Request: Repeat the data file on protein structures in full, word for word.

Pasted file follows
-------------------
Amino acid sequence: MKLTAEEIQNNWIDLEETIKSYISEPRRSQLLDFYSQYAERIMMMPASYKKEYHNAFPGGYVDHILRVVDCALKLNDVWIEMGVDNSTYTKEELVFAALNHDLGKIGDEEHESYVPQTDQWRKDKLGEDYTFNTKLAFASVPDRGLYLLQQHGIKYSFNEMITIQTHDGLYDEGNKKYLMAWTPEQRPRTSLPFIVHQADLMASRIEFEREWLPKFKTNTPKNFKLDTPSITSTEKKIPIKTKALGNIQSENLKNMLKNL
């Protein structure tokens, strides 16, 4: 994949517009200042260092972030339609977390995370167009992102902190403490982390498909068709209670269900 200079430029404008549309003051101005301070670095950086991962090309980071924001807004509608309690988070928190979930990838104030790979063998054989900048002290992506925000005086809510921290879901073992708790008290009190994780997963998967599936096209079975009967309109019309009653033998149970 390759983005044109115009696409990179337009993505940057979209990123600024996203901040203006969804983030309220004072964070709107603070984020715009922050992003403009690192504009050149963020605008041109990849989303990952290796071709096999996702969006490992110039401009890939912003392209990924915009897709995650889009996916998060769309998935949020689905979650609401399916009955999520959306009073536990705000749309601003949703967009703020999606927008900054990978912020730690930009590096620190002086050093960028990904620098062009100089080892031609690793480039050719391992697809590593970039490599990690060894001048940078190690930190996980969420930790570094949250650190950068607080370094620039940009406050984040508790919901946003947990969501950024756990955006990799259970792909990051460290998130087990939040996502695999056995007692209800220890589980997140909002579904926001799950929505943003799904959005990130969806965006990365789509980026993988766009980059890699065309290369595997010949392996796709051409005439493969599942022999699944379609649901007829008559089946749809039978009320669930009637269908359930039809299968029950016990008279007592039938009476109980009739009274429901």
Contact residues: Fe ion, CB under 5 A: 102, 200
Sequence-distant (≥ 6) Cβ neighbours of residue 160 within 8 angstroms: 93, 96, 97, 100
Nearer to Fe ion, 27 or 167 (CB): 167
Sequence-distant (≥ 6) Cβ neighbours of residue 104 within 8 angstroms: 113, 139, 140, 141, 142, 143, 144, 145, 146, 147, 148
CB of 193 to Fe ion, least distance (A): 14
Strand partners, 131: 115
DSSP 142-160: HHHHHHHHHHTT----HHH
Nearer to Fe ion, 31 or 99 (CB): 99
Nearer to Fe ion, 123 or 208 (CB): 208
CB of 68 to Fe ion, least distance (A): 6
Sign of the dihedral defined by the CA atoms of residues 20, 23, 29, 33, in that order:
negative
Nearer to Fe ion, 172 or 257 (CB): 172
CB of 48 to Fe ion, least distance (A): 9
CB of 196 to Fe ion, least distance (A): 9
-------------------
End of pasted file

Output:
Amino acid sequence: MKLTAEEIQNNWIDLEETIKSYISEPRRSQLLDFYSQYAERIMMMPASYKKEYHNAFPGGYVDHILRVVDCALKLNDVWIEMGVDNSTYTKEELVFAALNHDLGKIGDEEHESYVPQTDQWRKDKLGEDYTFNTKLAFASVPDRGLYLLQQHGIKYSFNEMITIQTHDGLYDEGNKKYLMAWTPEQRPRTSLPFIVHQADLMASRIEFEREWLPKFKTNTPKNFKLDTPSITSTEKKIPIKTKALGNIQSENLKNMLKNL
């Protein structure tokens, strides 16, 4: 994949517009200042260092972030339609977390995370167009992102902190403490982390498909068709209670269900 200079430029404008549309003051101005301070670095950086991962090309980071924001807004509608309690988070928190979930990838104030790979063998054989900048002290992506925000005086809510921290879901073992708790008290009190994780997963998967599936096209079975009967309109019309009653033998149970 390759983005044109115009696409990179337009993505940057979209990123600024996203901040203006969804983030309220004072964070709107603070984020715009922050992003403009690192504009050149963020605008041109990849989303990952290796071709096999996702969006490992110039401009890939912003392209990924915009897709995650889009996916998060769309998935949020689905979650609401399916009955999520959306009073536990705000749309601003949703967009703020999606927008900054990978912020730690930009590096620190002086050093960028990904620098062009100089080892031609690793480039050719391992697809590593970039490599990690060894001048940078190690930190996980969420930790570094949250650190950068607080370094620039940009406050984040508790919901946003947990969501950024756990955006990799259970792909990051460290998130087990939040996502695999056995007692209800220890589980997140909002579904926001799950929505943003799904959005990130969806965006990365789509980026993988766009980059890699065309290369595997010949392996796709051409005439493969599942022999699944379609649901007829008559089946749809039978009320669930009637269908359930039809299968029950016990008279007592039938009476109980009739009274429901």
Contact residues: Fe ion, CB under 5 A: 102, 200
Sequence-distant (≥ 6) Cβ neighbours of residue 160 within 8 angstroms: 93, 96, 97, 100
Nearer to Fe ion, 27 or 167 (CB): 167
Sequence-distant (≥ 6) Cβ neighbours of residue 104 within 8 angstroms: 113, 139, 140, 141, 142, 143, 144, 145, 146, 147, 148
CB of 193 to Fe ion, least distance (A): 14
Strand partners, 131: 115
DSSP 142-160: HHHHHHHHHHTT----HHH
Nearer to Fe ion, 31 or 99 (CB): 99
Nearer to Fe ion, 123 or 208 (CB): 208
CB of 68 to Fe ion, least distance (A): 6
Sign of the dihedral defined by the CA atoms of residues 20, 23, 29, 33, in that order:
negative
Nearer to Fe ion, 172 or 257 (CB): 172
CB of 48 to Fe ion, least distance (A): 9
CB of 196 to Fe ion, least distance (A): 9